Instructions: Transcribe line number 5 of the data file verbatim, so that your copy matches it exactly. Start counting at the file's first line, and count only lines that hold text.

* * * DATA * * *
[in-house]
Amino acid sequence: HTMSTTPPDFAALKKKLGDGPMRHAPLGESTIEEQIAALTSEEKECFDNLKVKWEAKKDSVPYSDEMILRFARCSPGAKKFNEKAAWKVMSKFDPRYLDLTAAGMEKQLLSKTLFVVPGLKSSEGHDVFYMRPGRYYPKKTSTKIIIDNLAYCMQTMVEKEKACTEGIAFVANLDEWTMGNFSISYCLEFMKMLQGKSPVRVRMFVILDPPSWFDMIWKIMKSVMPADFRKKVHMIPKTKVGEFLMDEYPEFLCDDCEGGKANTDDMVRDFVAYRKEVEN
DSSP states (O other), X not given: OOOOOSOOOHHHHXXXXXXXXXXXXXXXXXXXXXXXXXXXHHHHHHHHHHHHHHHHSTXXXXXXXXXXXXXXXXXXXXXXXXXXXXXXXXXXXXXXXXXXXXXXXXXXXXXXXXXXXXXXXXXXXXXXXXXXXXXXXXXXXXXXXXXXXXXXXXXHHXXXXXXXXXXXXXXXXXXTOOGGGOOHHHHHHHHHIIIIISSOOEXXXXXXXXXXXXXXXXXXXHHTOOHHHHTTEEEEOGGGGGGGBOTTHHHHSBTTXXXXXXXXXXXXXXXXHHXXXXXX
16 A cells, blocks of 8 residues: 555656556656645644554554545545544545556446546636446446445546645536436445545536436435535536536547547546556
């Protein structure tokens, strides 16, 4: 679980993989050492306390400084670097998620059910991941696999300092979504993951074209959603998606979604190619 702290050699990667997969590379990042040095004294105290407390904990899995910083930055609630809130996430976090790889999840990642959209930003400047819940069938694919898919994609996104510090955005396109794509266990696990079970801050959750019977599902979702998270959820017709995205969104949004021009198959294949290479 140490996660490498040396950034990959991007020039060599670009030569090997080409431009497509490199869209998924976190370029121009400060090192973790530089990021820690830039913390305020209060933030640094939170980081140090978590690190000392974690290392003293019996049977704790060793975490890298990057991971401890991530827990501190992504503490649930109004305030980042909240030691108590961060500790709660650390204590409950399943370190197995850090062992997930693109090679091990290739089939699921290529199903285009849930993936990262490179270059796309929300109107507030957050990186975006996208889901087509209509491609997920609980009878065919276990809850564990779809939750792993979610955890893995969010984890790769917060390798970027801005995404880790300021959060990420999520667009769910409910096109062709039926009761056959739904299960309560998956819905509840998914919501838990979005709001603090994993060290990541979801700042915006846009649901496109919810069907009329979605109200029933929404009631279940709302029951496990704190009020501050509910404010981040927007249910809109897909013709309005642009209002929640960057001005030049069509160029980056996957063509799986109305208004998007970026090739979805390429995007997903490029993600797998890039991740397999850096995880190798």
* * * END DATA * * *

């Protein structure tokens, strides 16, 4: 679980993989050492306390400084670097998620059910991941696999300092979504993951074209959603998606979604190619 702290050699990667997969590379990042040095004294105290407390904990899995910083930055609630809130996430976090790889999840990642959209930003400047819940069938694919898919994609996104510090955005396109794509266990696990079970801050959750019977599902979702998270959820017709995205969104949004021009198959294949290479 140490996660490498040396950034990959991007020039060599670009030569090997080409431009497509490199869209998924976190370029121009400060090192973790530089990021820690830039913390305020209060933030640094939170980081140090978590690190000392974690290392003293019996049977704790060793975490890298990057991971401890991530827990501190992504503490649930109004305030980042909240030691108590961060500790709660650390204590409950399943370190197995850090062992997930693109090679091990290739089939699921290529199903285009849930993936990262490179270059796309929300109107507030957050990186975006996208889901087509209509491609997920609980009878065919276990809850564990779809939750792993979610955890893995969010984890790769917060390798970027801005995404880790300021959060990420999520667009769910409910096109062709039926009761056959739904299960309560998956819905509840998914919501838990979005709001603090994993060290990541979801700042915006846009649901496109919810069907009329979605109200029933929404009631279940709302029951496990704190009020501050509910404010981040927007249910809109897909013709309005642009209002929640960057001005030049069509160029980056996957063509799986109305208004998007970026090739979805390429995007997903490029993600797998890039991740397999850096995880190798």